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We’ve all been there: New employees join an organization and immediately struggle with the new tools at their disposal. Typically, there’s some type of onboarding process they undergo to learn about the various systems they’ll be using for their work, including best practices and general do’s and don’ts.

When it comes to the Power Platform (Microsoft Flow, PowerApps, and Power BI), however, such onboarding is often lacking. IT often finds itself challenged with employees, or citizen developers, who venture into using such tools but need some guidance and support. What’s even worse is that these same users may inadvertently create solutions that go against their core organizational data protection and security standards.

One way to overcome this challenge is by providing new Power Platform makers with customized guidance in a timely fashion. Below is an example of how such an approach could work.

Power Platform Center of Excellence

The term “Center of Excellence” has many meanings today depending on who you talk to. In this example, the term references a place (such as a SharePoint site) that houses key training, best practices, and support information. The goal of such a Center of Excellence is multifold:

  1. Enable citizen developers to learn the new toolset through a continuously refreshed set of training materials. This should help them in learning how to use the tools and hopefully reduce the number of IT service tickets for simple items. (Side note: Analyzing the number of readers per training item can help reveal what areas an organization should be spending more time on for training materials).
  2. Create a community of citizen developers and power users who can help each other and thereby grow knowledge internally within the organization.
  3. Ensure that citizen developers are adopting best practices through the use of organizational job aids like templates and prebuilt solutions. Using such support tools can help citizen developers create their own solutions much more easily. This can help ensure that key aspects are being considered when building solutions (such as error handling, packaging, and more).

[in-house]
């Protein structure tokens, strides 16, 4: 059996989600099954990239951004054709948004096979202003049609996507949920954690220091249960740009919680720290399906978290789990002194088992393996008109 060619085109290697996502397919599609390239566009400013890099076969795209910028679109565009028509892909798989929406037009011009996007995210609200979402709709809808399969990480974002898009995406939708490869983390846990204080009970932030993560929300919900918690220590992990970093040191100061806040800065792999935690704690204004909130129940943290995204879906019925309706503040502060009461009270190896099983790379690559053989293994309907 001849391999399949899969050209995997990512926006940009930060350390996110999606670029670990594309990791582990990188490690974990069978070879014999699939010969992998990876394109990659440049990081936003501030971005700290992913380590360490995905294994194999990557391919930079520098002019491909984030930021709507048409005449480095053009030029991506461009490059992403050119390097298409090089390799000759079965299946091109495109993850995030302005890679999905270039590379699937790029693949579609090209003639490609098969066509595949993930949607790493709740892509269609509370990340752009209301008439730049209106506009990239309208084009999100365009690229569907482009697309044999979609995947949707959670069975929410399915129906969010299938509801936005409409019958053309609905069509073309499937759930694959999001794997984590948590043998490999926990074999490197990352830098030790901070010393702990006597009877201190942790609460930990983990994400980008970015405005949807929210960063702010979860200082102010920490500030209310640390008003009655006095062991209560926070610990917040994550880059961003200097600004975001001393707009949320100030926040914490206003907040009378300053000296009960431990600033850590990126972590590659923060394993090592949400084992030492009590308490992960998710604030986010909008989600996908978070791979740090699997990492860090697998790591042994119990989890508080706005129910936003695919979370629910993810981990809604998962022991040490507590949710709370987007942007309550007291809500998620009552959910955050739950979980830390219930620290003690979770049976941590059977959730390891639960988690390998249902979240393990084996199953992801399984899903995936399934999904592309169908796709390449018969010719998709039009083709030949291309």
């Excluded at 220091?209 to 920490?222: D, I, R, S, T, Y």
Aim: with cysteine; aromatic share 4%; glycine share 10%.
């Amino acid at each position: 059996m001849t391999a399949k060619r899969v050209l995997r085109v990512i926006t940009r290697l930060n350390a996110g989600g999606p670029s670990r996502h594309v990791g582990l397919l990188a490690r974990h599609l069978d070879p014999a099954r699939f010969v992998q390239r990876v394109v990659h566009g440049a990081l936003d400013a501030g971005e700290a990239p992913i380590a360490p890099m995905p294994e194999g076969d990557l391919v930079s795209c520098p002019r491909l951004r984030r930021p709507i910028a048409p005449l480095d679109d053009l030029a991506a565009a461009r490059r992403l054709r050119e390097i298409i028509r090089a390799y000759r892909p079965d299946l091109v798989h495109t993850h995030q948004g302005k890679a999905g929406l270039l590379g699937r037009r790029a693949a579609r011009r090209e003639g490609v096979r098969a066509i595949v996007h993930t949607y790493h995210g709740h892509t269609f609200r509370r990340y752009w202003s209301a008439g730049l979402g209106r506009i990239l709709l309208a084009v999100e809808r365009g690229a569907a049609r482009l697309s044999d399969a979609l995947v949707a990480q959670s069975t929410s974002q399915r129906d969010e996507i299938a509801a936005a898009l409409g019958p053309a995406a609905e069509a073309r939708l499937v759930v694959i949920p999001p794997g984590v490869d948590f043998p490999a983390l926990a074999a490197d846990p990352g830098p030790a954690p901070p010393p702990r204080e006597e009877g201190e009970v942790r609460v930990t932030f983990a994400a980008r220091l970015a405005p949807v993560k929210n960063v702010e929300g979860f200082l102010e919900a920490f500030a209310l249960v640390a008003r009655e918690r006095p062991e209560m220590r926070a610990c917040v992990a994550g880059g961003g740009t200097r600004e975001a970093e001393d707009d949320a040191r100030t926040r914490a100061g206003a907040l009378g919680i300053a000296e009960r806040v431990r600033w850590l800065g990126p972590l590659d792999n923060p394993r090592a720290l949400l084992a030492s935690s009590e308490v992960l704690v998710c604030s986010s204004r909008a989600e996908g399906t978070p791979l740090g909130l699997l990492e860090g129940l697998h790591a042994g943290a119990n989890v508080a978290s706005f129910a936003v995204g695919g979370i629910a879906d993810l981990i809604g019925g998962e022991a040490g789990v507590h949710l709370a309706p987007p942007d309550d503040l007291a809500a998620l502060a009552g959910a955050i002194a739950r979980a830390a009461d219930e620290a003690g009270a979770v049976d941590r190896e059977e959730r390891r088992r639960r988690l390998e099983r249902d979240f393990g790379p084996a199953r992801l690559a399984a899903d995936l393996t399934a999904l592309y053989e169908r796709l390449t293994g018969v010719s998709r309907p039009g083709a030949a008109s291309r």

4. When citizen developers still need support, provide them with an easy way to reach IT to and inquire about their issues.

Some of the materials posted on the Power Platform Center of Excellence site will form the content of an introductory email for new citizen developers.

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Something Happened!

One of the key steps in the process is finding out when a new Flow, PowerApp app, or Power BI dashboard are created. There are three ways to achieve this.

Security & Compliance Center

When logging is enabled in a tenant, PowerApps, Power BI, and Flow creation events are captured and logged. IT could actively monitor these events, but what’s better is to leverage the to register a webhook and get notified passively.

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PowerShell Support for PowerApps

The PowerShell support for PowerApps cmdlets offers IT admins a lot of flexibility in managing and querying environments, CDS, connections, DLP policies, Flows, apps, and more. Using these cmdlets, IT admins can periodically gather information on anything new that has been created.

PowerApps and Flow Management Connectors

Microsoft has introduced six management connectors that can be used inside Flows and PowerApps to gather the same information as mentioned for PowerShell. These connectors, combined with others, open up a lot of flexibility for collecting information, manipulating it, and storing it for further analysis.

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Reaching Out

We just looked at three ways to collect information about new Flows or apps being created. Now, let’s look at our Reaching Out Flow, which sends a personalized email to our new citizen developer with links directly from the Power Platform Center of Excellence mentioned above.

First, we need to determine when someone is a new citizen developer within an organization. This is done by checking when someone created a Flow or PowerApps app for the first time. The way this is done is by keeping the Citizen Developer Datastore of all the employees who have created apps or Flows before in a SharePoint list, SQL database, or other storage.

In the case of the Office 365 Management API, a webhook could call our Reaching Out Flow whenever a new PowerApps app or Flow is created. For PowerShell or the PowerApps connectors, these could be set up to run on a timer and collect all existing Flows and PowerApps.

This next important step in the Reaching Out Flow will look at the PowerApps and Flow owners and cross-check them against the inventory of previous owners in the citizen developer datastore. If the owner exists, then nothing happens. Otherwise, the owner is added to the datastore and receives a personalized email.


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